How to watch and listen to National Day for Truth and Reconciliation 2022 on CBC

CBC marked the second National Day for Truth and Reconciliation (also known as Orange Shirt Day) on Friday, September 30 with an extensive series of Indigenous original programs bringing First Nations, Métis and Inuit perspectives and experiences on CBC, CBC Gem, CBC News Network, CBC Kids, CBC Radio One, CBC Listen and CBC Music present.

The CBC National Day for Truth and Reconciliation Friday, September 30 lineup includes:

Table of Contents

CLOCK

CBC News Special: National Day for Truth and Reconciliation
Friday, September 30 at 12:30 p.m. ET on CBC, CBC Gem, CBC News Network, CBCNews.ca and the CBC News App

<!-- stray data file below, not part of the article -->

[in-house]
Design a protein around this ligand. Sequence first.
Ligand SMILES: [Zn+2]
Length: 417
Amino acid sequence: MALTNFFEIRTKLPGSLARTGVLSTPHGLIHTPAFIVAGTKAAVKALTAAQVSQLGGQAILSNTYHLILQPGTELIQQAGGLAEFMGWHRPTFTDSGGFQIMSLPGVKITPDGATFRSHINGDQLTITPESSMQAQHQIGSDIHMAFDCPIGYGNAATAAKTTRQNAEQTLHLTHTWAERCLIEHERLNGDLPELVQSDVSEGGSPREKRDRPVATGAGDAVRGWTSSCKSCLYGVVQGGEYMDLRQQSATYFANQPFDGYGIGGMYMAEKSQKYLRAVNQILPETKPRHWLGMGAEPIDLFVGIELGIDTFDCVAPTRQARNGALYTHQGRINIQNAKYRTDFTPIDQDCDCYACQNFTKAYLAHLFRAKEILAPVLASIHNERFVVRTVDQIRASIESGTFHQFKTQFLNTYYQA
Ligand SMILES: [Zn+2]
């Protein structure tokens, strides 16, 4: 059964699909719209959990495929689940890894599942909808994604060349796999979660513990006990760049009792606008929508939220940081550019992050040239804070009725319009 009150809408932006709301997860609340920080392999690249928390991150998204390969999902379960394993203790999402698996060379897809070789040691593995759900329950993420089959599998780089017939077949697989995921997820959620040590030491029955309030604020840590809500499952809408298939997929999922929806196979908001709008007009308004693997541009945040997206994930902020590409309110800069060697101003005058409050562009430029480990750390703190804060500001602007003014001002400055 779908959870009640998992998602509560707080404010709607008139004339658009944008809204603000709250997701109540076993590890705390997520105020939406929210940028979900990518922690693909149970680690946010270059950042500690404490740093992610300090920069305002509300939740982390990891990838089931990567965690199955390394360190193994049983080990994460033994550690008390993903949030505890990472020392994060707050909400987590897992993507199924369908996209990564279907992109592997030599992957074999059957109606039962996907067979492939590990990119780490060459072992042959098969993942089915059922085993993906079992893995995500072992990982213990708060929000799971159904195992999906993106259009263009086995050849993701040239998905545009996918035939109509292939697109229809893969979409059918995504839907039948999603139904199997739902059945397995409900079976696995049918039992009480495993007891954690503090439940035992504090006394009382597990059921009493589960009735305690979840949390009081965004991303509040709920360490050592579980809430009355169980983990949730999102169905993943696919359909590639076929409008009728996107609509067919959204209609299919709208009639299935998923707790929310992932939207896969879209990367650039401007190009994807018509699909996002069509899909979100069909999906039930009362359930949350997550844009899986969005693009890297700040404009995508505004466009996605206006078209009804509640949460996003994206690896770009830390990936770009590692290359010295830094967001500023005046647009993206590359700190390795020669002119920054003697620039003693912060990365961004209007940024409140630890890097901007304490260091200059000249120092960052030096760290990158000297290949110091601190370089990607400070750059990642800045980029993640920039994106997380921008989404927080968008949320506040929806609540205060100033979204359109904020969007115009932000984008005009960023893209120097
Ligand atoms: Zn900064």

Live from Ottawa, CBC News Chief Correspondent Adrienne Arsenault hosts a special coverage of the events to commemorate the National Truth and Reconciliation Day. This special event honors residential home survivors, their families and their communities, including a memorial program by the National Center for Truth and Reconciliation in partnership with APTN.

ʔəm̓ i ce:p xwiwəl (come to the fire)
Friday, September 30 at 5 p.m. (5:30 NT) on CBC and CBC Gem

(CBC)


ʔəm̓ i ce:p xwiwəl translates from the Musqueam language as “come to the fire”. Gathering around a fire in the traditional great house of the Coast Salish Territory has been a way for locals and their guests through the centuries to meet, share stories and celebrate. Recorded at the eponymous celebration at the Chan Center for the Performing Arts (University of British Columbia in Vancouver) on September 17 and curated by the host, CBC Music’s ReclaimedJarrett Martineau, ʔəm̓ i ce:p xwiwəl (come to the fire) is an Indigenous-led celebration of creativity, brilliance, culture and community. It features the voices of performers, speakers and dance groups from Musqueam and indigenous nations on Turtle Island.

CBC Ottawa News at 6 Special
Friday, September 30 at 6 p.m. ET on CBC and CBC Gem